Look up “Skylark” in the dictionary and you’ll notice that it’s defined as “a little bird known for its sweet song it delivers during flight.” Well that’s good and all, but what’s that got in common with this Buick Skylark? Absolutely nothing, well except for the fact that owner Albert Bonamici thinks his Skylark also sings a nice little “twin twisted tune” when it soars down any given dragstrip it decides to take flight on. And guess what? He’s damn righton about that.
Albert grew up under the tutelage of his dad, Albert Sr. The elder was known as “Big Al” and owned a garage where young Al would wrench alongside his dad. “He got me in my first street race, which I lost. I drove my Pontiac Grand Prix, a car I purchased myself and built from the ground up when I was 16. I hated losing and that drove me to do better. I fell in love with racing at that point,” Albert says. From there he moved on, building and driving a wild Pro Mod Astro Van to 6.80 e.t.’s at 200 mph. Nevertheless, Albert got tired of the traveling and towing, and started looking for something to build that could do it all.
Albert’s journey with his new-to-him Buick Skylark started a few years back. He was looking for a project to build into a street and strip dominator—a beast that would not only handle the roads around town, but could easily dominate any given 1320. “I decided to use a ’65 Skylark because it had the right body lines and the old-school muscle car look I was after,” Albert says.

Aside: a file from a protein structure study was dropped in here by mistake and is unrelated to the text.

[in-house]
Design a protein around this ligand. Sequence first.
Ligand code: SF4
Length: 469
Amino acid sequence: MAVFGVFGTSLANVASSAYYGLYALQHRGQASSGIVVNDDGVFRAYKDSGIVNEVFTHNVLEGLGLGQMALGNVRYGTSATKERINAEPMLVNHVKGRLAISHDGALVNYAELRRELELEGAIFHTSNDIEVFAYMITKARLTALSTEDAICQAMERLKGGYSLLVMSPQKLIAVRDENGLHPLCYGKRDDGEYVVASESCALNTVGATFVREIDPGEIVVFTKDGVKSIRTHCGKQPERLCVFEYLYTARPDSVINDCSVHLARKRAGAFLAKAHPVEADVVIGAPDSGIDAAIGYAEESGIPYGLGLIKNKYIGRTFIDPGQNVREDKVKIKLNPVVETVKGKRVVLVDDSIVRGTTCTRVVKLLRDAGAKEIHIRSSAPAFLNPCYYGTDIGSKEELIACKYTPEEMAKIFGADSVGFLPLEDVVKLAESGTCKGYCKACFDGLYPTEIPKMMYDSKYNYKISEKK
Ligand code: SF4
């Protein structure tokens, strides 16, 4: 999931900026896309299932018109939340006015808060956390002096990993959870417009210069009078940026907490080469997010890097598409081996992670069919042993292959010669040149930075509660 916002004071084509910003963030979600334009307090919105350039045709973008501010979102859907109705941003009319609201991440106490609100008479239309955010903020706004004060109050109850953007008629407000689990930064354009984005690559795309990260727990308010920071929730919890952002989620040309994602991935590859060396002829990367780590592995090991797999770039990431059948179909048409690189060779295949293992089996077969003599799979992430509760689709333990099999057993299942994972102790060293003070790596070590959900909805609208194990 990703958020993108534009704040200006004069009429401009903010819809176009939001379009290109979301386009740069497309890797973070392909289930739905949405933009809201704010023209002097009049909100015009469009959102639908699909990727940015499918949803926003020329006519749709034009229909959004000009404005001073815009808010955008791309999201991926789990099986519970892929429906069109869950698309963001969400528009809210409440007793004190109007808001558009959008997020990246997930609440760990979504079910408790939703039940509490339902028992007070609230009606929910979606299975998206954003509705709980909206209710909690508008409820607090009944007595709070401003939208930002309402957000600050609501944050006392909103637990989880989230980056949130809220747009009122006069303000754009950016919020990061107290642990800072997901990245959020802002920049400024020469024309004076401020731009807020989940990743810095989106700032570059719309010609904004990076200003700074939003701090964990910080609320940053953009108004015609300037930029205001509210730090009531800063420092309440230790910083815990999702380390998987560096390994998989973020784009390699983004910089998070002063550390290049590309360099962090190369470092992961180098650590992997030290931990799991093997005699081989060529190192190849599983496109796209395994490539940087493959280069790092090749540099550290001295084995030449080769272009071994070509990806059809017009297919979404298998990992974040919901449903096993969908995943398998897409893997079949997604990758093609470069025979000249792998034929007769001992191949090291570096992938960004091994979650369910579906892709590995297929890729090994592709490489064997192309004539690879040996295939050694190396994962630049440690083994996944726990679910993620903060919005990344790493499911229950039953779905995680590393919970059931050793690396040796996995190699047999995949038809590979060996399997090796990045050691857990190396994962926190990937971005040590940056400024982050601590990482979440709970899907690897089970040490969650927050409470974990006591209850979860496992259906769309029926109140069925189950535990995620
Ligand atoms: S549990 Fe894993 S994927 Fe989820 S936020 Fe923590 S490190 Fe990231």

He started his project with a car he found locally. It was complete, the paint was in usable shape, and its bones were solid. He commenced to split the body from the chassis and got to work. “I fabricated a new chassis for the Skylark, built with 2x3 steel and 0.120 walls to ensure it would not twist from the power I was looking to make,” Albert says. He then designed three frames in the center of the vehicle, along with a six-point chromoly cage for safety.
Next, he went to work on the rear suspension, building his own custom four-link out back. “That was the easy part. The hard part was fabricating the custom air ride suspension,” Albert continues. The system would need to hold up to the power curve of his future powerplant, plus be able to handle the tough streets of New York City; a place where the Skylark would definitely see some street time. Last, but not least, a bulletproof Dana 60 with a Strange Posi would handle getting the power to the big meats that were headed out back.
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